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8-Bit Software

The BBC and Master Computer Public Domain Library


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Thanks to Ken Hewson for this photo and info: A "FIT" (Final Inspection Tester) this is one of the two pieces of Acorn Computers Ltd test equipment which are specifically designed for the BBC Microcomputer for testing purposes. The FIT will carry out a "Final Inspection Test" on a complete BBC Micro and check all functions of the main board are working, including a full soak test
Thanks to Ben Ryves for this
Electron Birthday Cake!

Thanks to Peter Clements for the photos. This is his website. The BBC is a model. There is a £1 coin next to it to give an idea of the scale. The chess set was painstakingly made by drawing the characters from the game and making moulds.

Thanks to Matt Cocker for these photos. A couple of garments bought at a 'Micro User' show
Headset. This is a telephone headset I made up from an old telephone
Master Motherboard controlling a jukebox 1
Master Motherboard controlling a jukebox 2
Master Motherboard controlling a jukebox 3
Master Motherboard controlling a jukebox 4
Thanks to Marc Bramham for this picture. Info from Marc: As I'm sure you are aware, the A-Level system has just changed. As a result, my college has just bought brand new textbooks, not just new editions of old ones, but ones that were written last year. On looking through my new physics book, I came across the little piccy I've attached and I was quite surprised, it really is amazing the number of BBCs still in common use! Hope you like it!
Obviously BBCs are still in use on the railways
ROM extraction tool. A really neat way to bend all the legs on a chip!
Self adhesive replacement BBC B keyboard and back covers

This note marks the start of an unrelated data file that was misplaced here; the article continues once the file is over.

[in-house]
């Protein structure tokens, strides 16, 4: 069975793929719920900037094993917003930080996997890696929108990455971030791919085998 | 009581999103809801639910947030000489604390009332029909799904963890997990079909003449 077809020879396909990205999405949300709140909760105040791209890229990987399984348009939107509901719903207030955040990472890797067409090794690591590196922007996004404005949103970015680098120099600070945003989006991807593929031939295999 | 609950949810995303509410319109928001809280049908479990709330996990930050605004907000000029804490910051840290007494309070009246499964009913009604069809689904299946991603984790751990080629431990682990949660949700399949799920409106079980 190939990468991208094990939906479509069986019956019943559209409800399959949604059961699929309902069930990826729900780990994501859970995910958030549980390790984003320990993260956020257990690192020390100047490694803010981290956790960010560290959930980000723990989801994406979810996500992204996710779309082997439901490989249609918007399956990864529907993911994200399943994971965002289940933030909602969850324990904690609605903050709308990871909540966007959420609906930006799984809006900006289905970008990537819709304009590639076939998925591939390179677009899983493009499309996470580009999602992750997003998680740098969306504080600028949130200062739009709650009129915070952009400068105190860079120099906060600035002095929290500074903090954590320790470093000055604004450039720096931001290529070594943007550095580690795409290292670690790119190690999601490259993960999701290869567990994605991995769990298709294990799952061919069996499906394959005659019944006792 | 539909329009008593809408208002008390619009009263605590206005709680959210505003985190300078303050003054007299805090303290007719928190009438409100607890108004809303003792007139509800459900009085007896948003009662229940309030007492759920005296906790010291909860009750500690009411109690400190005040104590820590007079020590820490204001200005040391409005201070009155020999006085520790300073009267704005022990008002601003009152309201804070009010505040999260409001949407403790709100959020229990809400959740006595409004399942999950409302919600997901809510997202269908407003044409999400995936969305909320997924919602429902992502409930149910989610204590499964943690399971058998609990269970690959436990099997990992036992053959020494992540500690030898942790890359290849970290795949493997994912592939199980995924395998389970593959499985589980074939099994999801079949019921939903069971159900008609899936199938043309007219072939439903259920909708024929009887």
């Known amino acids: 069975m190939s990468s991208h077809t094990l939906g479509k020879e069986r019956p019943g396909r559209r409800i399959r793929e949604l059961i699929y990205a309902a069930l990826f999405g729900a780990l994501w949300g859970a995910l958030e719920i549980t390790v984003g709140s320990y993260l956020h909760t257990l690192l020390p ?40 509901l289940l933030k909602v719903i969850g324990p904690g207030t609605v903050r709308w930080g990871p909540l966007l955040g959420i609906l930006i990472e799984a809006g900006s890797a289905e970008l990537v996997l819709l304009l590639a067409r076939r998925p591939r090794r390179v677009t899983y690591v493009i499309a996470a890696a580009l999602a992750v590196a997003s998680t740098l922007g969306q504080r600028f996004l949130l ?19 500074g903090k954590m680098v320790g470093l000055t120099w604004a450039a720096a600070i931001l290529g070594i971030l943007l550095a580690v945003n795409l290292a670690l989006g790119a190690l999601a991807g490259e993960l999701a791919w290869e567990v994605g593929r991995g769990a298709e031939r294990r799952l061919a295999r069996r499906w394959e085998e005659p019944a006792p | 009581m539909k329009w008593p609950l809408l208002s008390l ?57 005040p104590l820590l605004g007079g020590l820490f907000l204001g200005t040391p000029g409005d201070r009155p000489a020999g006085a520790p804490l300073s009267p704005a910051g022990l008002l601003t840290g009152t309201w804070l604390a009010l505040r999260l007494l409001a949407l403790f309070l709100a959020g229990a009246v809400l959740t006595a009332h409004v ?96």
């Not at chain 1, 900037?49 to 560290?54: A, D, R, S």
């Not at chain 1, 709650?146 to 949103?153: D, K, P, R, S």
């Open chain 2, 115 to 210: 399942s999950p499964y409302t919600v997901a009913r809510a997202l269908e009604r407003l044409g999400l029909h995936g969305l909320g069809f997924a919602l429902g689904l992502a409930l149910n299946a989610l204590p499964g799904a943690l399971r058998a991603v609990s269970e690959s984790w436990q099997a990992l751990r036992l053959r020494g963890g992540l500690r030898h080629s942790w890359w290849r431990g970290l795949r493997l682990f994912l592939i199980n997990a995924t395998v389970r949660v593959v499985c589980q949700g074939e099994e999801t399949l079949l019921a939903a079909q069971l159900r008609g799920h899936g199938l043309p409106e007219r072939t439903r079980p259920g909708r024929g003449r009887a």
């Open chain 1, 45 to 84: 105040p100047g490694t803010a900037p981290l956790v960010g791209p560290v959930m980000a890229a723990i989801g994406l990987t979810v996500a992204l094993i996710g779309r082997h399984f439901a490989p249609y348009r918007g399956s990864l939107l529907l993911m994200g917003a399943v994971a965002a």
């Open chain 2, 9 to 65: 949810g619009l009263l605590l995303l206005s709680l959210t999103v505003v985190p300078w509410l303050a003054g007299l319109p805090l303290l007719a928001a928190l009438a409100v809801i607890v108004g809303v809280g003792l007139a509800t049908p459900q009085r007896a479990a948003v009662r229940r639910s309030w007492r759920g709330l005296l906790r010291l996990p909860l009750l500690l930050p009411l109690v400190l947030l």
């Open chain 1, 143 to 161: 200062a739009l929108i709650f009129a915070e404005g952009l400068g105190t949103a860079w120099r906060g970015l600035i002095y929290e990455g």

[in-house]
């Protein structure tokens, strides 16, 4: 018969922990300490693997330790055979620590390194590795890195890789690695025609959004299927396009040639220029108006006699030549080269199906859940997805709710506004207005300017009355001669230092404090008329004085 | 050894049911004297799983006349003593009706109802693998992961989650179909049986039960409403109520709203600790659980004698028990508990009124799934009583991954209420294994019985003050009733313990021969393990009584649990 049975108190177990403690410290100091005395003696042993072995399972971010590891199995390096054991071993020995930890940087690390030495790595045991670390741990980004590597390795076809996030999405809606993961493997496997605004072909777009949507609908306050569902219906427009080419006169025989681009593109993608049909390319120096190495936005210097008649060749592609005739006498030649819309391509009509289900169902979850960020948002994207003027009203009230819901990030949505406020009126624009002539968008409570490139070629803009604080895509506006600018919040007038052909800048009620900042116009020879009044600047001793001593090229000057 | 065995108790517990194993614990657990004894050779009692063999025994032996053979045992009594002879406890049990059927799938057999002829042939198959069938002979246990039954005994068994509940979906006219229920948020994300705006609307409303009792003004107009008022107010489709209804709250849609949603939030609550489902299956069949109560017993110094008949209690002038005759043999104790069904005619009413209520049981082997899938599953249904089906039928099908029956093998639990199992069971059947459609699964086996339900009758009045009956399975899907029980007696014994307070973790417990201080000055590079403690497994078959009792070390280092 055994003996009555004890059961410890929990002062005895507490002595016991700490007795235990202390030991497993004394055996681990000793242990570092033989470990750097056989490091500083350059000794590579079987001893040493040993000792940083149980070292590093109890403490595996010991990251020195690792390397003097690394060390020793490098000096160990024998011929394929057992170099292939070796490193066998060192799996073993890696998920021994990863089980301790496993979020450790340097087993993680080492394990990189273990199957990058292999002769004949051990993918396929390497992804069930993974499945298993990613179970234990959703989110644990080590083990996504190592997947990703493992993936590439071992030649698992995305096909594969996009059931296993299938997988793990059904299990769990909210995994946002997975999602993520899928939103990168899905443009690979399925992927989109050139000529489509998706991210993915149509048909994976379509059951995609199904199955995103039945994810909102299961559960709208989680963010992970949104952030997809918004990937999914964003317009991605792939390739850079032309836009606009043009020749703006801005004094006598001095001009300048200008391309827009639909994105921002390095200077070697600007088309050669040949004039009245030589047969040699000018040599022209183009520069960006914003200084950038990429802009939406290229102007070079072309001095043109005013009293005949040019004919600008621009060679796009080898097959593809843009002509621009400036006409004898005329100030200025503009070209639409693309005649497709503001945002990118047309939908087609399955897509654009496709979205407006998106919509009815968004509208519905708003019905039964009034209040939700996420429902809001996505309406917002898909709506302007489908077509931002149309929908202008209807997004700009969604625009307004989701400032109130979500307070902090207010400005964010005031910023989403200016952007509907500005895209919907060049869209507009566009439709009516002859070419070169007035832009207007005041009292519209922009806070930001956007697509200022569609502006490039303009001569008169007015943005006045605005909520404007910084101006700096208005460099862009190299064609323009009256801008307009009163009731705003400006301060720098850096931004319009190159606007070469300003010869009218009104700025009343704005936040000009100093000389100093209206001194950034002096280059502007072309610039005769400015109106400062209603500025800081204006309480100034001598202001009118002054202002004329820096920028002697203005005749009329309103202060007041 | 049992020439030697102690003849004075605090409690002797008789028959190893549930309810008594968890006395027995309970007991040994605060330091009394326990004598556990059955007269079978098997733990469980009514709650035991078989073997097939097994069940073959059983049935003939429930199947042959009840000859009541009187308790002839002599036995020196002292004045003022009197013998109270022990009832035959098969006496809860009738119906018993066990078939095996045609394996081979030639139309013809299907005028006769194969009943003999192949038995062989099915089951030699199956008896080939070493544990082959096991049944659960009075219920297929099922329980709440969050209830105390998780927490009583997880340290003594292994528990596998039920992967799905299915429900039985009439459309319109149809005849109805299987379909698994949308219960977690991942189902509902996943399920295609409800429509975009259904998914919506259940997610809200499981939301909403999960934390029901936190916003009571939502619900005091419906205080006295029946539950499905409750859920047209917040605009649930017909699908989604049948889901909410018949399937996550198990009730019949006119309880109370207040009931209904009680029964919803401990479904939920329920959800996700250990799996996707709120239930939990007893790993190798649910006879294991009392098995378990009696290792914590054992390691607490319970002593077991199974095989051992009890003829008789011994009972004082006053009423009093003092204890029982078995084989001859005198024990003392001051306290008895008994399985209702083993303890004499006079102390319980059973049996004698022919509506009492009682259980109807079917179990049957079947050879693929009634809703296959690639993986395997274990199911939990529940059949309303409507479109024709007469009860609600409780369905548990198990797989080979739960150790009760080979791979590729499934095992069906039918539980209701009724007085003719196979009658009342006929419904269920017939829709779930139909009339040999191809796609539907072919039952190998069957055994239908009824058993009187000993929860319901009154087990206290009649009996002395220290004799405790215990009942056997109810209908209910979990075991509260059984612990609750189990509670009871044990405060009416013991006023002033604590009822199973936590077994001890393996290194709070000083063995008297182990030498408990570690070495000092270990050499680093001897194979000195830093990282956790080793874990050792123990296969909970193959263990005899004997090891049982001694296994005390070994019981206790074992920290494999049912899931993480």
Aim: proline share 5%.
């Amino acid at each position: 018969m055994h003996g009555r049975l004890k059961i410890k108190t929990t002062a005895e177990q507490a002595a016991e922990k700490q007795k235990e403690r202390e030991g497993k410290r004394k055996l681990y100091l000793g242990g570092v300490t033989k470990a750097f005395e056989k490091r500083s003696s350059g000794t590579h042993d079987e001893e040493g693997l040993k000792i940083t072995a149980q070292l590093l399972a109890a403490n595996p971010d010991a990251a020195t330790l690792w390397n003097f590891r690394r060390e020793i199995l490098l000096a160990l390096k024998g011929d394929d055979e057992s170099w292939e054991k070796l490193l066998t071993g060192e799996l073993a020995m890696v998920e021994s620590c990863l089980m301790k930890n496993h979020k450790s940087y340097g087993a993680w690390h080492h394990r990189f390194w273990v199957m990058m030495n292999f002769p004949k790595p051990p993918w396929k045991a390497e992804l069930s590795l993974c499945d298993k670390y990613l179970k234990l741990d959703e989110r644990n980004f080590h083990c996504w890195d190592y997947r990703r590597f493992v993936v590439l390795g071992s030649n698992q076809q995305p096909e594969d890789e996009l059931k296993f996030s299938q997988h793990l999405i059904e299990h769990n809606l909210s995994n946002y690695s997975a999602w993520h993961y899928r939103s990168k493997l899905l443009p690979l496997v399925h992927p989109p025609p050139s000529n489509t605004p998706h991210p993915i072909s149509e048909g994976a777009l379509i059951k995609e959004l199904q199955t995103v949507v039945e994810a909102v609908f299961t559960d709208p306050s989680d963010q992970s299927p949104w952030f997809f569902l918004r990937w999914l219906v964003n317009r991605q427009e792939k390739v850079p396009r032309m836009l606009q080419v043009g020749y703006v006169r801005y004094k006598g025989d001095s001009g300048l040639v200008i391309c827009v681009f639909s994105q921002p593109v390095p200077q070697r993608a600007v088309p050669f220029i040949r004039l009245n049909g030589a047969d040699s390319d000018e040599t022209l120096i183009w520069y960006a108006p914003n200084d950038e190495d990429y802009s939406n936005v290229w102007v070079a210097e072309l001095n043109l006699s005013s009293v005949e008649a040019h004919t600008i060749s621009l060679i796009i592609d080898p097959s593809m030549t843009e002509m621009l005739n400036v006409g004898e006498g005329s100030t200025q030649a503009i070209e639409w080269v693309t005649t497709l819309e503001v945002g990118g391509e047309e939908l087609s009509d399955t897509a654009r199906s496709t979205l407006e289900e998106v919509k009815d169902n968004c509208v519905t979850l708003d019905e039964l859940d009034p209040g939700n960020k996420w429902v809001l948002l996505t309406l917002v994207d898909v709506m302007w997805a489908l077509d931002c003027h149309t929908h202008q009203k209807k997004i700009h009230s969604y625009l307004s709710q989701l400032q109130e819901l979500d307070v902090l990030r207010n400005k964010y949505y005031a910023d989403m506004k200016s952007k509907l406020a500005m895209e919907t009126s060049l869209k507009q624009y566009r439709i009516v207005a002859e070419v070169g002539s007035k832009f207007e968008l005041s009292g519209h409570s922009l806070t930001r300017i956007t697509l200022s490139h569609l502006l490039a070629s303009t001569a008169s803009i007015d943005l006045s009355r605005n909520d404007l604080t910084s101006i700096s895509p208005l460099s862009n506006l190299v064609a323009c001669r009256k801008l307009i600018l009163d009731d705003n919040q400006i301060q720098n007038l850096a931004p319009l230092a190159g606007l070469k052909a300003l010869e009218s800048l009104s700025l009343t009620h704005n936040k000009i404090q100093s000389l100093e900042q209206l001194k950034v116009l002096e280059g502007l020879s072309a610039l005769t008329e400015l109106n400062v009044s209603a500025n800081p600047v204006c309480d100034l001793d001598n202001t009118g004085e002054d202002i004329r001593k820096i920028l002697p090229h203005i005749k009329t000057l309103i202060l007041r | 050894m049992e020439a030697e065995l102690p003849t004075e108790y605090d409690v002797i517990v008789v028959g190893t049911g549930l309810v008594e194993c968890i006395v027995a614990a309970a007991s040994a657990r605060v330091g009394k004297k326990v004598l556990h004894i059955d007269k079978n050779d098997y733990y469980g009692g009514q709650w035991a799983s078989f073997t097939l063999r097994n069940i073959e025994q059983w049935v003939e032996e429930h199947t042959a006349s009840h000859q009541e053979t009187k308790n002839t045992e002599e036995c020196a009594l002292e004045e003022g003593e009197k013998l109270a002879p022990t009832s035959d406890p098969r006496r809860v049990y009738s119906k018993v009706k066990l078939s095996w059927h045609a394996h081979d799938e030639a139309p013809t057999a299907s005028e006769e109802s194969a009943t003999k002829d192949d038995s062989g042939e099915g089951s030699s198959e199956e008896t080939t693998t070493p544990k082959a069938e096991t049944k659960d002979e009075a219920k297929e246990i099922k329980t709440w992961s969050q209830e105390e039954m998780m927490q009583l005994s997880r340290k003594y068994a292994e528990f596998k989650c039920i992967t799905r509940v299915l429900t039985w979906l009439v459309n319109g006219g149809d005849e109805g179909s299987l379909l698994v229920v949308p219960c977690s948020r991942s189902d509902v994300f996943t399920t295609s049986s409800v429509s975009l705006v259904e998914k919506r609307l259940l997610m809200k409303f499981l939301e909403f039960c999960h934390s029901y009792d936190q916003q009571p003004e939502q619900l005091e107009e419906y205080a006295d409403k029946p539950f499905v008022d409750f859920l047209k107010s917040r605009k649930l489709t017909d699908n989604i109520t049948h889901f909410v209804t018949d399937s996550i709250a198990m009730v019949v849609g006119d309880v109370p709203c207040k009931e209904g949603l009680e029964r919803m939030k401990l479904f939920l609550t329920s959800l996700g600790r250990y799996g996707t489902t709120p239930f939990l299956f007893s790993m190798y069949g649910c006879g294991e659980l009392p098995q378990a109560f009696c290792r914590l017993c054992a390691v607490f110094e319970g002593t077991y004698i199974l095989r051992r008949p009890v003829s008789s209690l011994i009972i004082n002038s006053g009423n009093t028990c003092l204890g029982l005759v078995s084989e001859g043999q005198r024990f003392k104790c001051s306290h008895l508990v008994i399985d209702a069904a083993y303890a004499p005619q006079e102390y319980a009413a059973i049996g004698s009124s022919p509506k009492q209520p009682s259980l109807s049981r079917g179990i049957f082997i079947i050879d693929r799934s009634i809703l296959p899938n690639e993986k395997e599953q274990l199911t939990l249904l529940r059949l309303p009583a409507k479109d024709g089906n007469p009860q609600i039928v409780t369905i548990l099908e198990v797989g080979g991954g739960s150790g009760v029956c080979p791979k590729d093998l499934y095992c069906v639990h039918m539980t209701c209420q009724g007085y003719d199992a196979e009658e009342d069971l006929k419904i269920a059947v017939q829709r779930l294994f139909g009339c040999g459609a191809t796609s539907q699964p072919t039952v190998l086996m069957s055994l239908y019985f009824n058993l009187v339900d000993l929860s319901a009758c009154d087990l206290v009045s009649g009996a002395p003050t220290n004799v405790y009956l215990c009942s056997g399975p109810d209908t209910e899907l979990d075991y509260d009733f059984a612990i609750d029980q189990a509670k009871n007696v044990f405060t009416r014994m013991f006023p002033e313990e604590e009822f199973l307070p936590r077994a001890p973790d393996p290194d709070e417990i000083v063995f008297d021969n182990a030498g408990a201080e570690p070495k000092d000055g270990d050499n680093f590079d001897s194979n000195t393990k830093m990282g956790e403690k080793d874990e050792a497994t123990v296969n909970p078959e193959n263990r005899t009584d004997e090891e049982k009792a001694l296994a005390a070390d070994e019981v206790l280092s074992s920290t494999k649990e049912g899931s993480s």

A big box of tapes
Thanks to Michael Foot for this photo of a BBC Car Shade. Info from Michael:
I've had this car shade for years. It's been well used, as you can see. I got it from Acorn New Zealand at one of their shows. I suspect these were only available in New Zealand.
Thanks to Matthew Pye for this. His info: I have found the enclosed picture on P16 of 'Waves and Our Universe' (printed 2001), the picture shows an experiment to 'find how velocity varies with time' while the trolly is oscillating between two springs

Thanks to P.Hardwick for these photos
Function Key Strip Covers. Here are three function key strip covers. The top two are from a BBC B, the lower is the cover from a BBC B+. If no one has swapped the covers, this is a quick way of telling a BBC B and a BBC B+ apart.
User Port Extension
Acorn Speech Upgrade

Voxbox Electron speech synthesis unit. Thanks to Ebay seller Mark for these photos. I am afraid they are a bit blurred though
Thanks to Lee at Vintage Computers for this 16K RAM chip

Thanks to Alex Taylor for these photos. Info by Alex: Hope these photos are ok, my digital camera is a bit crap, but not bad for �30 new. They are: Cumana setup - Electron, plus 1, interface, drive and original disk. Note plus 1 - modified by previous owner to take a 9-pin joystick. Cumana board - interface board. Battery removed since it was damaging the board - it's in the foreground of the picture. Ap3 board - the PRES Advanced plus 3 interface from the rear, with the cover removed.
Thanks to Richard Perrins for this photo of the Master DOS+ discs and manual
 Mugshot. My pride and joy. Given to me by none other than Steve Hanson of Superior Software. Superior Software is still in business, selling a good collection of BBC games. With discounts for 8BS members by the way 
Logic 3 Learn Basic on the Electron package. Thanks to Rich Hall for this photo
Curious item made by W.D. Interfaces of Leeds. It appears to allow you to connect a Sinclair ZX Printer to a BBC Micro. Comes with the interface box and tape containing the Driver Routine and a Demo Program. Thanks to eBay user kevanh for this